Read original article in the British Medical Journal
The evidence is clear, Eastern European and Central Asian countries should adopt opioid maintenance therapy and needle exchanges to curb HIV and Hep C outbreaks, says Michel Kazatchkine
For many years, evidence has shown the effectiveness of opioid maintenance therapy in the treatment of opioid dependence and the effectiveness of opioid maintenance therapy and needle syringe programmes in preventing HIV infection among people who inject drugs. [1,2] Recent evidence shows that both opioid maintenance therapy and needle syringe programmes can also prevent people who inject drugs from getting hepatitis C. 
The spread of HIV/AIDS among people who inject drugs and their partners has been contained in Western Europe, Australia, Canada, China and other countries of Asia, because interventions such as clean needle exchange and opioid maintenance therapy programmes became mainstream government health policy sanctioned by the World Health Organisation.
Harm reduction is receiving increasing attention from policy makers across Sub-Saharan Africa. Unsafe drug injection is recognized as an underestimated component in preventing HIV and hepatitis C infection in vulnerable groups in high prevalence settings across sub-Saharan Africa and Asia.
However, in Eastern Europe and central Asia, harm reduction policies are conspicuous by their absence, even though there are high rates of HIV and hepatitis C infection.
The absence of harm reduction policies is conspicuous as rates of injecting drug use are persistently high in Eastern Europe and Central Asia, approximately four times that of the global average, although the trend is decreasing.  Heroin continues to be the dominant injected drug, but many countries in the regions are seeing increasing rates of injected stimulant use (metamphetamines). 
People who inject drugs or have injected drugs at some point in the past continue to represent 40–50% of newly reported HIV diagnoses across Eastern Europe and central Asian region. 
Around 25% of the estimated 3.1 million people who inject drugs in the region are infected with HIV and 65% test positive for hepatitis C. 
Co-morbidities such as HIV-TB and HIV-hepatitis C co-infection have now become normalised in countries like the Russian Federation which accounts for around 80% of the region ‘s HIV infections.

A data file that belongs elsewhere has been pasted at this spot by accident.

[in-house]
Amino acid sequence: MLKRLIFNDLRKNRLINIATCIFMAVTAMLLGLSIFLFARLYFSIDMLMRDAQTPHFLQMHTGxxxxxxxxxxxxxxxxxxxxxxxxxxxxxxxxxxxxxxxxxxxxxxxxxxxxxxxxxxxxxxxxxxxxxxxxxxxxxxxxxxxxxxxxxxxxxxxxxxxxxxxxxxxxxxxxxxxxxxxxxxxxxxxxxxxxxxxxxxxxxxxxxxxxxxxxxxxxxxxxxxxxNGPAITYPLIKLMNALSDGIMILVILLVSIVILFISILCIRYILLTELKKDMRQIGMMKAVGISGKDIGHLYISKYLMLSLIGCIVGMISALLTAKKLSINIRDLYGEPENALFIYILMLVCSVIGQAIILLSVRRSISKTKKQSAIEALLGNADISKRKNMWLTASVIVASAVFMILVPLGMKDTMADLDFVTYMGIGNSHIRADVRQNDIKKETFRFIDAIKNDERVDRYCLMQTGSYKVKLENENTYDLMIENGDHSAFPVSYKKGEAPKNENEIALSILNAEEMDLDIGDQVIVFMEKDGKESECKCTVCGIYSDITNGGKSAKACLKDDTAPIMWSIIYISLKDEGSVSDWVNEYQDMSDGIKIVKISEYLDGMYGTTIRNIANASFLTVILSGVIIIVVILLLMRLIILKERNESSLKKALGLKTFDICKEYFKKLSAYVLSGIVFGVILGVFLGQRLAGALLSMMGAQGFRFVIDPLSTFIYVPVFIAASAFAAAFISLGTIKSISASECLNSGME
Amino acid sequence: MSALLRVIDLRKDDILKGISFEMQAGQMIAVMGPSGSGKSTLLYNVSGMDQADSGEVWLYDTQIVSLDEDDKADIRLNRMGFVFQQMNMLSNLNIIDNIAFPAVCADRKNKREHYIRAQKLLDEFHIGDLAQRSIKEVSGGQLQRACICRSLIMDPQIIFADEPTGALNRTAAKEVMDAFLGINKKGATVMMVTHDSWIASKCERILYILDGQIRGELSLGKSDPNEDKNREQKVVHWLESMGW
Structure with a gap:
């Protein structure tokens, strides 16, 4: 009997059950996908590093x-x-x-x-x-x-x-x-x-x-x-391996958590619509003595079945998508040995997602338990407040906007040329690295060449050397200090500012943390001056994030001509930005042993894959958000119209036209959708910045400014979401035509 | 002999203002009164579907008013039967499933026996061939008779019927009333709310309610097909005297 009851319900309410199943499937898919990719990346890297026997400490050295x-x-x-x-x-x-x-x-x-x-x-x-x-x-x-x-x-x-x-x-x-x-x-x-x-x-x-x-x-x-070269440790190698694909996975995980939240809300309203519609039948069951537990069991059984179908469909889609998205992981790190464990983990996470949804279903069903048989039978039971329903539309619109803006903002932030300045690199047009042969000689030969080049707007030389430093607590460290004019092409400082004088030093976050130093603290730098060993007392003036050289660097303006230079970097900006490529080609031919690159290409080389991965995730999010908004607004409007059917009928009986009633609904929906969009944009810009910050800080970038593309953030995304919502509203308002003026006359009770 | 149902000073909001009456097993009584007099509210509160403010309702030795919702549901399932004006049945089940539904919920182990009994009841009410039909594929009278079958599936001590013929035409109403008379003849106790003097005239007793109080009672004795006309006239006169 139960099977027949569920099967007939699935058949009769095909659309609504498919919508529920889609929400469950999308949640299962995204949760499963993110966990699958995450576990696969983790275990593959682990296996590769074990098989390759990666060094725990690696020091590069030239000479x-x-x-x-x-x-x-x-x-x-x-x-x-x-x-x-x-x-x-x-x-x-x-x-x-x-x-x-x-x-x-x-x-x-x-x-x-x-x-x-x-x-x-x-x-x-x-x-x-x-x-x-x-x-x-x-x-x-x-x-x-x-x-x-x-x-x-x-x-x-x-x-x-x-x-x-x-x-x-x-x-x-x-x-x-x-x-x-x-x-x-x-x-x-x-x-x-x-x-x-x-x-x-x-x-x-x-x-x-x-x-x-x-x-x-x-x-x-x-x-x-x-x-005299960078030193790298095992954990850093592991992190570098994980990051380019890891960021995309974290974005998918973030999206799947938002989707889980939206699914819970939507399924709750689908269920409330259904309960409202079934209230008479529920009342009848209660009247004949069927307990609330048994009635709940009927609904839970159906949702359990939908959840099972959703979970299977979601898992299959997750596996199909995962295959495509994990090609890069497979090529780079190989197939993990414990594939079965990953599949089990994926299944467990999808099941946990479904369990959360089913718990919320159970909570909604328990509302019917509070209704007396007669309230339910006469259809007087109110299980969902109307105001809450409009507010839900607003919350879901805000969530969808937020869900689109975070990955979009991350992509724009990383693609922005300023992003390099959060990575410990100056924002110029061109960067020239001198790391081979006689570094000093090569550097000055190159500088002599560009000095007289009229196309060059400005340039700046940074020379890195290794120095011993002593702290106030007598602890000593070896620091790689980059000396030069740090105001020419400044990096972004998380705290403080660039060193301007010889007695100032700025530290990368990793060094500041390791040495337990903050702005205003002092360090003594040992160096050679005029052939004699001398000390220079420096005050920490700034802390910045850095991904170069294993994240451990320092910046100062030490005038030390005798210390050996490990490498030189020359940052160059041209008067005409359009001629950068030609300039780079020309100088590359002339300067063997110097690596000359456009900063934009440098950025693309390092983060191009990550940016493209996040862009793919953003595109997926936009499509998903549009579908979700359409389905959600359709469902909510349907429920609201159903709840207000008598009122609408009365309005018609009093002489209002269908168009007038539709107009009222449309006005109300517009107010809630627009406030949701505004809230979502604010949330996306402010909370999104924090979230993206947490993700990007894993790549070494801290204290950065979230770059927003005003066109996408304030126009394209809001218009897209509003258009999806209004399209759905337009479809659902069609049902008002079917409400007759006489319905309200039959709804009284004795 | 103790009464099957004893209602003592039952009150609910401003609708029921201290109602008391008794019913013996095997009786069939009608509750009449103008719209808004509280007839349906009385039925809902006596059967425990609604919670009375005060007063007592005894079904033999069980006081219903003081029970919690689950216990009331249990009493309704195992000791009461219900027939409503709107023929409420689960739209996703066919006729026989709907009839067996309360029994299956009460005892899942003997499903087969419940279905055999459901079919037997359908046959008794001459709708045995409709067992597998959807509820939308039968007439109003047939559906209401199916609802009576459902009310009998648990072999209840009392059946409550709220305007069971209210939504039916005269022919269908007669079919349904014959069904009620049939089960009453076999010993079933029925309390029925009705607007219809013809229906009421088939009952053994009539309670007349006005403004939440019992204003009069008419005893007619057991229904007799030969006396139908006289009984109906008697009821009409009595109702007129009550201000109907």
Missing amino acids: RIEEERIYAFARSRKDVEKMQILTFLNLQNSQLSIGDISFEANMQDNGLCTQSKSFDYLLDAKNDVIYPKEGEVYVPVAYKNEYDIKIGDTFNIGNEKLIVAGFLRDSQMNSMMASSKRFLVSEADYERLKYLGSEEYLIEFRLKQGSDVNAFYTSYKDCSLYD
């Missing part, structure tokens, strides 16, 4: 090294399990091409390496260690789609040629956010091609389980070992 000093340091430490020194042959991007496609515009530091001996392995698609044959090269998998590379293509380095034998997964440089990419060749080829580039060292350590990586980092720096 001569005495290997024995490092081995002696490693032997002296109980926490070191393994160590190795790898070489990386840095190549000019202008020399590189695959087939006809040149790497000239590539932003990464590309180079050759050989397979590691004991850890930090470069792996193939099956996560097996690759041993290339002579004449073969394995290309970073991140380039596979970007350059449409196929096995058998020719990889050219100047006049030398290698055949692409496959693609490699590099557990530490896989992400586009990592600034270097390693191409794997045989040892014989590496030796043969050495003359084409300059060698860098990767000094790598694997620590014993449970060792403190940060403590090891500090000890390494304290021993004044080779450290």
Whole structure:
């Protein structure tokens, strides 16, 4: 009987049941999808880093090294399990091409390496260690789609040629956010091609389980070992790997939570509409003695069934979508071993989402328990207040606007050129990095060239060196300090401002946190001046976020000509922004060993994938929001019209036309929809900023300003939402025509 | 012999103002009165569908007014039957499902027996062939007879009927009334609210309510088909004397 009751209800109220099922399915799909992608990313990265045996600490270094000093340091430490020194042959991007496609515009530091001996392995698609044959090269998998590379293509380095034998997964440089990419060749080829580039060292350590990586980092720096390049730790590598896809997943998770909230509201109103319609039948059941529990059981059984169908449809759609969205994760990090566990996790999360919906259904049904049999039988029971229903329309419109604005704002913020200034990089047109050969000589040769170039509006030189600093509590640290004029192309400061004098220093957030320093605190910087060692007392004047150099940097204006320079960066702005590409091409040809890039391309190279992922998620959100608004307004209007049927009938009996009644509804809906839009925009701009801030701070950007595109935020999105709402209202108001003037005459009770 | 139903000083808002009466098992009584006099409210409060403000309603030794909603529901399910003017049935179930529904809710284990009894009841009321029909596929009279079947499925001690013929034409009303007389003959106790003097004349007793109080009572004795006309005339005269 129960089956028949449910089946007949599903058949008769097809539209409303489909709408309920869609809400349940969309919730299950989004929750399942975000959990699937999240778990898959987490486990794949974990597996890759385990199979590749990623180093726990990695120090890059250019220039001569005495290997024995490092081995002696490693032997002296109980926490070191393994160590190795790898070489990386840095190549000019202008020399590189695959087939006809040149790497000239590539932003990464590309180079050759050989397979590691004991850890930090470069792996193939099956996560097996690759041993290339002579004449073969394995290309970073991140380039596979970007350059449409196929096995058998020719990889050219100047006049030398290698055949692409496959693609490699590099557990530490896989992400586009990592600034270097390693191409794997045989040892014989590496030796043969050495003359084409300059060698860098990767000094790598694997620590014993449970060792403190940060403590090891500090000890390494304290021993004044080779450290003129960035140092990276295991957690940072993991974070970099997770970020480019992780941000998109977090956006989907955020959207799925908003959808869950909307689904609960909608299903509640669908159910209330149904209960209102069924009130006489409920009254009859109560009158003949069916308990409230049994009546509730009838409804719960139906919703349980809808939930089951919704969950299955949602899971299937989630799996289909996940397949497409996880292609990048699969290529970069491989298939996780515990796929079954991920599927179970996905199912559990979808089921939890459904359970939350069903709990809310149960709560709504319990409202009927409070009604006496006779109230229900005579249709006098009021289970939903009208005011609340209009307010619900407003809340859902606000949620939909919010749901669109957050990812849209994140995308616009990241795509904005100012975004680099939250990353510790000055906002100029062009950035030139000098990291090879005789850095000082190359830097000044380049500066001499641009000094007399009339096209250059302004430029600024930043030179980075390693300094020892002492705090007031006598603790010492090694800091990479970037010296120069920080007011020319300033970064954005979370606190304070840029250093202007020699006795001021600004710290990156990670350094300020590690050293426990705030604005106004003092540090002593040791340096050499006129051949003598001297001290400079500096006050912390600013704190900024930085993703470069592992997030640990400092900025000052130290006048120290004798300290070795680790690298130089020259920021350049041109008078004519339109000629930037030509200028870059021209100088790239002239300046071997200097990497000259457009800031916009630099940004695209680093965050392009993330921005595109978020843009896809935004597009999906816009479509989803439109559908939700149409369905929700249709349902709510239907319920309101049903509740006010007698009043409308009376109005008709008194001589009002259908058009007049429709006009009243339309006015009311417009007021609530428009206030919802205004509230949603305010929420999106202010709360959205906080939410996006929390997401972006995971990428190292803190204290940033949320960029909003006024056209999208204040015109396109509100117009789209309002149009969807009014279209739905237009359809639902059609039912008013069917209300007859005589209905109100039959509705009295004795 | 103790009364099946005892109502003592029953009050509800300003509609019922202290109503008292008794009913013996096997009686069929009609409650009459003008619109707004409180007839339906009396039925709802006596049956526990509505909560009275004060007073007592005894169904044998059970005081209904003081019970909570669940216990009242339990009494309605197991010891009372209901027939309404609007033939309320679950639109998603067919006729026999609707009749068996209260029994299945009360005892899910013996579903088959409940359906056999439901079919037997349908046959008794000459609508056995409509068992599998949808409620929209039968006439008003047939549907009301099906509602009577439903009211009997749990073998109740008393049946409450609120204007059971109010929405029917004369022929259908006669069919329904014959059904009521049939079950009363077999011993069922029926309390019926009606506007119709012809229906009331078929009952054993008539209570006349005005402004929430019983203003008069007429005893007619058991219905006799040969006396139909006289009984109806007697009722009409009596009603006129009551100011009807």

The uptake of antiretroviral therapy (ART) has been increasing in the region in the past few years as the price of medicines has been decreasing and antiretroviral regimens have been simplified and standardised. Yet, only 35% of the estimated number of people living with HIV in the region currently access antiretroviral treatment, and that figure is only close to 10% for people who inject drugs.  Figures are much lower when it comes to treatment of hepatitis C with direct antiviral agents (DAAs). Other than the extensive hepatitis programme that is in place in Georgia, still less than 5% of patients access curative hepatitis C treatment across the region. 
Further evidence now shows that opioid maintenance therapy and needle syringe programmes are effective in preventing the acquisition of hepatitis C in people who inject drugs. A meta-analysis of data published in the last eighteen months shows that opioid maintenance therapy reduces the risk of hepatitis acquisition by 50% among people who inject drugs, while opioid maintenance therapy and needle syringe programmes reduce the risk of acquiring hepatitis C. 
The effectiveness of opioid maintenance therapy and needle syringe programmes in reducing the risk of HIV infection among people who inject drugs has allowed Western European countries to reduce the proportion of people who inject drugs among new HIV infections to less than 1-2%. Opioid maintenance therapy has further allowed a large number of people to regain normal family and working lives in the society.
The Russian Federation accounts for nearly 80% of all new HIV infections in the region and modelling shows the potential benefit of introducing and scaling up these interventions in that country. 
It is estimated that extending access to opioid maintenance therapy and needle syringe programmes to 50% of people who inject drugs, together with access to antiretroviral therapy for those in need, would result in a 53% and 76% reduction in the number of new infections within ten years in Omsk and Ekaterinburg, two cities with severe HIV epidemics associated with unsafe drug injection. [13,14]
The epidemics of HIV and hepatitis among people who inject drugs and their partners continue to severely affect the Eastern European and central Asian region. Yet, we have evidence that opioid maintenance therapy and needle syringe programmes are effective at prevention. It is the right time for governments in the region to review the evidence, review their policies, and reign in their HIV and hepatitis epidemics.